Firm to Study Toll Road Potential in West Baton Rouge Parish

Wed May 30, 2012 - Southeast Edition
CEG


An estimated 44,000 vehicles cross the Port Allen bridge daily.
An estimated 44,000 vehicles cross the Port Allen bridge daily.

PORT ALLEN, La. (AP) West Baton Rouge Parish officials have taken what they say is an important next step in building a toll road linking La. Highway 415 to La. 1.

Parish President Riley Berthelot told The Advocate a consulting engineering firm has been hired to produce a highly accurate picture of the project’s revenue potential.

Berthelot said the parish’s transportation authority was entering into an agreement with the CDM Smith firm to conduct a $460,000, eight-month study aimed at obtaining the needed information.

CDM Smith’s study is being financed through a state grant, Berthelot said.

The La. 1 connector route is a project Berthelot has been pushing for more than a decade.

The parish president said he believes the proposed roadway, estimated to cost $30 million, would help reduce traffic congestion caused by vehicles using the existing Port Allen bridge across the Gulf Intracoastal Waterway.

Berthelot said about 44,000 vehicles cross the bridge daily in a parish that has a population of 24,000 people.

The proposed toll road, or connector route, initially would consist of two lanes able to handle about 12,000 vehicles per day, he said. Additional lanes could be added as traffic volume increases, Berthelot added.

Jonathon Hart, project manager with CDM Smith, said the “investment grade” study will consist of a comprehensive report comprised of travel demand models, analysis on both a toll-free plan and tolled roadway, more than 400 surveys polling residents on how much they are willing to pay to use the alternative route and a detailed financial model.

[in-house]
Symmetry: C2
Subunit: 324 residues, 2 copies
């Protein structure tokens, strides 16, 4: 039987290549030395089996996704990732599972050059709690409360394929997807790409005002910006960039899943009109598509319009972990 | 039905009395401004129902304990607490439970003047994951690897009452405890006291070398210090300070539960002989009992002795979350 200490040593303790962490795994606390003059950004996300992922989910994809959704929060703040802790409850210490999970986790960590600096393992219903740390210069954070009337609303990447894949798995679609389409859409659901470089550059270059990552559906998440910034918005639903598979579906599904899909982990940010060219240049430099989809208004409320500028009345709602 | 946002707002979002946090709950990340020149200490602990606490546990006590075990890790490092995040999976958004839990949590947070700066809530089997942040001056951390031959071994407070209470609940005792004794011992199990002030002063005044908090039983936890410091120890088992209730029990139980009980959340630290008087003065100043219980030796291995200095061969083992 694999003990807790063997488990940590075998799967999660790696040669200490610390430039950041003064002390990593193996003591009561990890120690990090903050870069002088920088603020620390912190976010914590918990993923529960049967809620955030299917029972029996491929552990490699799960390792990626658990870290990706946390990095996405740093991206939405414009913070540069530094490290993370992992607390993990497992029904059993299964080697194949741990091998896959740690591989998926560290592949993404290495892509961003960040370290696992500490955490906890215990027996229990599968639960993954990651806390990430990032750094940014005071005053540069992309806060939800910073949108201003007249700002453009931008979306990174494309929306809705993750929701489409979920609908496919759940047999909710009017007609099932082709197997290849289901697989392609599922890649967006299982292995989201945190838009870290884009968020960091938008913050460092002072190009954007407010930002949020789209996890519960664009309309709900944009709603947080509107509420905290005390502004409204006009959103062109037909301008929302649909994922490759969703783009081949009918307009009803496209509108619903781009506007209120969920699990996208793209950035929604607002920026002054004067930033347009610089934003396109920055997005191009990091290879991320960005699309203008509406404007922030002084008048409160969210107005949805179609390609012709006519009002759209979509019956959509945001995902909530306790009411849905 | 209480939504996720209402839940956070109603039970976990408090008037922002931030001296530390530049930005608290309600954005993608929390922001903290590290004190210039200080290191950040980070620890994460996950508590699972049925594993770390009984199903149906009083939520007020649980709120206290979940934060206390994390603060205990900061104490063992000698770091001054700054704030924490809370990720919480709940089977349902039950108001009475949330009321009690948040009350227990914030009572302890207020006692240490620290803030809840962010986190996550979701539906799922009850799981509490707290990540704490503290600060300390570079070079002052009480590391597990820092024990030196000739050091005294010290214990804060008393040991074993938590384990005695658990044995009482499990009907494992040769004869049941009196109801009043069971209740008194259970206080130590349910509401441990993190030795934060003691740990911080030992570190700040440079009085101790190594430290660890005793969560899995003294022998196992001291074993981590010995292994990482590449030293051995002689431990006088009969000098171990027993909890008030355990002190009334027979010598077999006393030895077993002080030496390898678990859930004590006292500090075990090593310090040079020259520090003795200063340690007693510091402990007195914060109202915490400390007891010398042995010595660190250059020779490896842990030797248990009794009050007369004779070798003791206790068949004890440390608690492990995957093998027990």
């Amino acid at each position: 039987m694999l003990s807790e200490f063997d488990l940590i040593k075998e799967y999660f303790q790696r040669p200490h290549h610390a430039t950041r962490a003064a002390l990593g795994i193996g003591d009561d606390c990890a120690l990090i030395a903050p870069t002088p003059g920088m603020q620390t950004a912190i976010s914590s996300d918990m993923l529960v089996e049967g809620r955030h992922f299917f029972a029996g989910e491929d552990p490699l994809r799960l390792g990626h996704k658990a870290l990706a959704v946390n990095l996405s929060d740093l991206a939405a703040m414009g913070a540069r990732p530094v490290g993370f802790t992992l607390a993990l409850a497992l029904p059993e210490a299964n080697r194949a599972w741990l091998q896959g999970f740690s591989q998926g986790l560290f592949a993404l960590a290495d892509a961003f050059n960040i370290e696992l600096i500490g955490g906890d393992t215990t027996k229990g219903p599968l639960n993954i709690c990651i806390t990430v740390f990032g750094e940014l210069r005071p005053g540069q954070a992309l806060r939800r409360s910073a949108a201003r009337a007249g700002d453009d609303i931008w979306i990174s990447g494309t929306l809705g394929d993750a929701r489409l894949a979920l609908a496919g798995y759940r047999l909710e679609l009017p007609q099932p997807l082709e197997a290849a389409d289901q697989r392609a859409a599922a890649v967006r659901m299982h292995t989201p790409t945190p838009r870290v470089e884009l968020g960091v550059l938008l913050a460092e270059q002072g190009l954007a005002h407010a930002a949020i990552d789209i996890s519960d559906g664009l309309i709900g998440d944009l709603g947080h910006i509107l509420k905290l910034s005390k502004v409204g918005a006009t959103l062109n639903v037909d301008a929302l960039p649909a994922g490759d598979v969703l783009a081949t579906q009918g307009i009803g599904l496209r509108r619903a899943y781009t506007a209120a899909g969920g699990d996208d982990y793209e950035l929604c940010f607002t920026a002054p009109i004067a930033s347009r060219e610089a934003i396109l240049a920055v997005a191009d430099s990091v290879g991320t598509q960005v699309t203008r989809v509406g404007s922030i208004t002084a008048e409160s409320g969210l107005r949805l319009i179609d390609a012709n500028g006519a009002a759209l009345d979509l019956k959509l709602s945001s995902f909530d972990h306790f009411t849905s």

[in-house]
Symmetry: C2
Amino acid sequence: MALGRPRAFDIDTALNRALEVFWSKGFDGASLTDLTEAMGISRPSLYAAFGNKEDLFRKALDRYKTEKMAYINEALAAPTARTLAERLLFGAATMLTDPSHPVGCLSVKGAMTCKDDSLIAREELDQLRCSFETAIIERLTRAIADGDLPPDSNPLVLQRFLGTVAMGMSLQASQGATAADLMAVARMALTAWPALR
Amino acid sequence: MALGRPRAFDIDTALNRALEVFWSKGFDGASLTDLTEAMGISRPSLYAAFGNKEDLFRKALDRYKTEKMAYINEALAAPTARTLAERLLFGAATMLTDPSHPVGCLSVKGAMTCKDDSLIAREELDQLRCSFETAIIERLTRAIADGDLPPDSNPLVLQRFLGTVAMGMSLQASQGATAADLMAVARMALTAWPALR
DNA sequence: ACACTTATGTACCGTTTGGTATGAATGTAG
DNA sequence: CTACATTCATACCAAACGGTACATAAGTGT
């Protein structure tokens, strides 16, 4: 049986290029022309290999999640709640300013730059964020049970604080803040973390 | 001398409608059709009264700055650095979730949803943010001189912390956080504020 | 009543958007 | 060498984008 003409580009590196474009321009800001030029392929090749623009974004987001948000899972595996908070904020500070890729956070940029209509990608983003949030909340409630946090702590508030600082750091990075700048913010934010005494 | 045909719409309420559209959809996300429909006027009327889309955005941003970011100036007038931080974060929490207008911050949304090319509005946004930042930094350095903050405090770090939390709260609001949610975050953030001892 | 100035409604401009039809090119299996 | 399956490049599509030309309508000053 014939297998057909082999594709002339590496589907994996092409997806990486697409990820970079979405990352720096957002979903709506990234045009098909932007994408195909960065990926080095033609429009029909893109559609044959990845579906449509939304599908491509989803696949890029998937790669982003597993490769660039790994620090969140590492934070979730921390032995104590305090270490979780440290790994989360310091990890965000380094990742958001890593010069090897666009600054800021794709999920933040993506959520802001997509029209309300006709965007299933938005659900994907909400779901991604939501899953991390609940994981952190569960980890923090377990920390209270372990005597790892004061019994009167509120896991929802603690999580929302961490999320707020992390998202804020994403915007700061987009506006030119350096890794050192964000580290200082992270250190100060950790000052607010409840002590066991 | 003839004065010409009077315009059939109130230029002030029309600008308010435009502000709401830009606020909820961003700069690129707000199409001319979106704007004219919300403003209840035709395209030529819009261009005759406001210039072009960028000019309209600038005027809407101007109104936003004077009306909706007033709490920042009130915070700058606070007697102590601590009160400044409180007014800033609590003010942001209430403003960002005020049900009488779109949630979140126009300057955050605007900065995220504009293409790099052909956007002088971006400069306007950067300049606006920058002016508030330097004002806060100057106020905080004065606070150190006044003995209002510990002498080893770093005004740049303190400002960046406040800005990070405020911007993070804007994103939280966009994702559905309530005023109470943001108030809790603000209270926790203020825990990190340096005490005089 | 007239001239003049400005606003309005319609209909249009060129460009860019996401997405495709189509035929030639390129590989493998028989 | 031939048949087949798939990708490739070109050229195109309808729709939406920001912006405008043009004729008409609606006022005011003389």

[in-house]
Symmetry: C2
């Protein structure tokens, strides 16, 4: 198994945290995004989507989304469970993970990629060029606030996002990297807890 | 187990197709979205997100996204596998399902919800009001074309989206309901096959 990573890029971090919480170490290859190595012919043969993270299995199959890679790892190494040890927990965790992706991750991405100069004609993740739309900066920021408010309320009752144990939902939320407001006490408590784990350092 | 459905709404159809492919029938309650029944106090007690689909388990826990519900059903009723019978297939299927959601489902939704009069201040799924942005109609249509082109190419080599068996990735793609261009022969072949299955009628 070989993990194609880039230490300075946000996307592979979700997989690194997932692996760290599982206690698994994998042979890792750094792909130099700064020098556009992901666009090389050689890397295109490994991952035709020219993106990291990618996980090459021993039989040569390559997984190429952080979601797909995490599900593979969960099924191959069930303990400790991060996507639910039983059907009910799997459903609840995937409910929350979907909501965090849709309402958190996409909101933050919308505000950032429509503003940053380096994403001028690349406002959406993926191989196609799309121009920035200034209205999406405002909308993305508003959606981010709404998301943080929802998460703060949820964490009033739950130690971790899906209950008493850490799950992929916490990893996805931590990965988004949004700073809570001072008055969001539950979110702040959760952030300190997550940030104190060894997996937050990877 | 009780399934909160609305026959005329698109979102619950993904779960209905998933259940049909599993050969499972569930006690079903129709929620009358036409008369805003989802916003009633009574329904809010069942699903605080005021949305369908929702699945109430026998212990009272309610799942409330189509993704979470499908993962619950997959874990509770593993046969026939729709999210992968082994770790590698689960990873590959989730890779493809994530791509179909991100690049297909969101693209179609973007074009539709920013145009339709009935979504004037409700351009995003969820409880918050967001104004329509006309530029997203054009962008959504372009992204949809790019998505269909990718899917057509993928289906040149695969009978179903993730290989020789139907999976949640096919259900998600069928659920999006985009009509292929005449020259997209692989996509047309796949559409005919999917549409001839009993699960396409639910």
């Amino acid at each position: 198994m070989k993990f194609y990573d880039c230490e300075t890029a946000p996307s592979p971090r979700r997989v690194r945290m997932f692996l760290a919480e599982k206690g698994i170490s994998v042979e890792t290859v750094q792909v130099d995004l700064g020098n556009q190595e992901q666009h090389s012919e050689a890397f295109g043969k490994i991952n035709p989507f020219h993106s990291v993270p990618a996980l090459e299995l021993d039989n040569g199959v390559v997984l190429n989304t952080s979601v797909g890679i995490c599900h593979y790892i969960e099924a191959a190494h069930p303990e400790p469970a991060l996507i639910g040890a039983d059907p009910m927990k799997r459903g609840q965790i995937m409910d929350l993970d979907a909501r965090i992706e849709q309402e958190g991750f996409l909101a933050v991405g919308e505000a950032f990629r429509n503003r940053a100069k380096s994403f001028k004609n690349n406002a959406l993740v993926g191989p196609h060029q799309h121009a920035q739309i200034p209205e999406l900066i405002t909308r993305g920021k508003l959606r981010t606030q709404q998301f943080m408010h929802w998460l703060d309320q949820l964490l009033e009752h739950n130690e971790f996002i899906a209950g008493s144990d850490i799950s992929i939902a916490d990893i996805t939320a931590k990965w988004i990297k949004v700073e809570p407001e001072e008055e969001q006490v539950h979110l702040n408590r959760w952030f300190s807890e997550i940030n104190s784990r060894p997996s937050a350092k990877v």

“We’re trying to determine if there is sufficient demand that will generate enough revenue to support the endeavor,” Hart said. “It will be important to determine how much it’s worth to folks to save 10 minutes on their travel time, for example.”

Berthelot said the study’s financial data also would help planners determine whether the parish would be able to build the connector route through bond-issued funds or with the help of a private investor.

“If it’s short of our estimates, we’ll have to figure out any gaps where the parish may need to come in and supplement funds,” he said.

A private contractor could agree to cover construction costs and recoup its money through tolls during several decades of ownership, he added. Control of the route and its revenue would then be passed on to the parish, which would then start receiving revenue from the toll road.

Although it has been a rough road to get to this point, Gary Spillman, chairman of the Parish Council, said Berthelot still has “100 percent” of the council’s support and that council members are hoping the study’s findings will keep the project moving forward as it originally was planned.

“Everything has told us this will probably be a private/public venture [and] at some point in time the parish would own it,” Spillman said. “We’ll have revenue coming in off this thing in the future if it works out the way we’re seeing it.”